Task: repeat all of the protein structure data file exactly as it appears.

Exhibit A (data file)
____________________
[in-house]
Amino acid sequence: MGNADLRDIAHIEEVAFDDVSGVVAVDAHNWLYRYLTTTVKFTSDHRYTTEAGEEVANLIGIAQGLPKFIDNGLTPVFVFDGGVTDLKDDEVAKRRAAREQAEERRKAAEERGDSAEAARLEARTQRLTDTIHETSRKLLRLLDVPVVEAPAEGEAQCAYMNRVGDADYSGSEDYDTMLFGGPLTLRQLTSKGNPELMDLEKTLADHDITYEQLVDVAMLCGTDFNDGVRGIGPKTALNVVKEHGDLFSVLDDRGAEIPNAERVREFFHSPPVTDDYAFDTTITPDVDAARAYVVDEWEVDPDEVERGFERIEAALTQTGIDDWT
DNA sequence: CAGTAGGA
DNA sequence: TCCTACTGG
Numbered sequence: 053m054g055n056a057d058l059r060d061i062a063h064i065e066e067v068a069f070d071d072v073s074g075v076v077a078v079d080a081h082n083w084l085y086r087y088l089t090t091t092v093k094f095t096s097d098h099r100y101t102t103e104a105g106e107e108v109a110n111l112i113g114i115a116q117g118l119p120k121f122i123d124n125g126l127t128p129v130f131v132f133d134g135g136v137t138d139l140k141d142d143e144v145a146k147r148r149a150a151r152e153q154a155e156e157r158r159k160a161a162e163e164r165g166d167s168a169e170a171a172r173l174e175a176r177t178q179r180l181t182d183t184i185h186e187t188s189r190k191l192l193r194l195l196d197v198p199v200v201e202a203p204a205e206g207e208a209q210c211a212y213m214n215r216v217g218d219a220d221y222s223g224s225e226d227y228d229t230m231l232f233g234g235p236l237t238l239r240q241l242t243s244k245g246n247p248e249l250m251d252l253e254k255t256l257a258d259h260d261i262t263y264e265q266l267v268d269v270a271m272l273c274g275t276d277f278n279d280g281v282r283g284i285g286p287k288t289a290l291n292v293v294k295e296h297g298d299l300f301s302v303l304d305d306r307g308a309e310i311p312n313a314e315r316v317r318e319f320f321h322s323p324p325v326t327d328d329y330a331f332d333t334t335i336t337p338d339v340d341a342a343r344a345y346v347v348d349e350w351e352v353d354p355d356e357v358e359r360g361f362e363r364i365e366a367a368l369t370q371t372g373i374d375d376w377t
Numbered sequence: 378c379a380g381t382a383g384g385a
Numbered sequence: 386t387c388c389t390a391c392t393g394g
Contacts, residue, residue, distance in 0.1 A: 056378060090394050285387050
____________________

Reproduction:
[in-house]
Amino acid sequence: MGNADLRDIAHIEEVAFDDVSGVVAVDAHNWLYRYLTTTVKFTSDHRYTTEAGEEVANLIGIAQGLPKFIDNGLTPVFVFDGGVTDLKDDEVAKRRAAREQAEERRKAAEERGDSAEAARLEARTQRLTDTIHETSRKLLRLLDVPVVEAPAEGEAQCAYMNRVGDADYSGSEDYDTMLFGGPLTLRQLTSKGNPELMDLEKTLADHDITYEQLVDVAMLCGTDFNDGVRGIGPKTALNVVKEHGDLFSVLDDRGAEIPNAERVREFFHSPPVTDDYAFDTTITPDVDAARAYVVDEWEVDPDEVERGFERIEAALTQTGIDDWT
DNA sequence: CAGTAGGA
DNA sequence: TCCTACTGG
Numbered sequence: 053m054g055n056a057d058l059r060d061i062a063h064i065e066e067v068a069f070d071d072v073s074g075v076v077a078v079d080a081h082n083w084l085y086r087y088l089t090t091t092v093k094f095t096s097d098h099r100y101t102t103e104a105g106e107e108v109a110n111l112i113g114i115a116q117g118l119p120k121f122i123d124n125g126l127t128p129v130f131v132f133d134g135g136v137t138d139l140k141d142d143e144v145a146k147r148r149a150a151r152e153q154a155e156e157r158r159k160a161a162e163e164r165g166d167s168a169e170a171a172r173l174e175a176r177t178q179r180l181t182d183t184i185h186e187t188s189r190k191l192l193r194l195l196d197v198p199v200v201e202a203p204a205e206g207e208a209q210c211a212y213m214n215r216v217g218d219a220d221y222s223g224s225e226d227y228d229t230m231l232f233g234g235p236l237t238l239r240q241l242t243s244k245g246n247p248e249l250m251d252l253e254k255t256l257a258d259h260d261i262t263y264e265q266l267v268d269v270a271m272l273c274g275t276d277f278n279d280g281v282r283g284i285g286p287k288t289a290l291n292v293v294k295e296h297g298d299l300f301s302v303l304d305d306r307g308a309e310i311p312n313a314e315r316v317r318e319f320f321h322s323p324p325v326t327d328d329y330a331f332d333t334t335i336t337p338d339v340d341a342a343r344a345y346v347v348d349e350w351e352v353d354p355d356e357v358e359r360g361f362e363r364i365e366a367a368l369t370q371t372g373i374d375d376w377t
Numbered sequence: 378c379a380g381t382a383g384g385a
Numbered sequence: 386t387c388c389t390a391c392t393g394g
Contacts, residue, residue, distance in 0.1 A: 056378060090394050285387050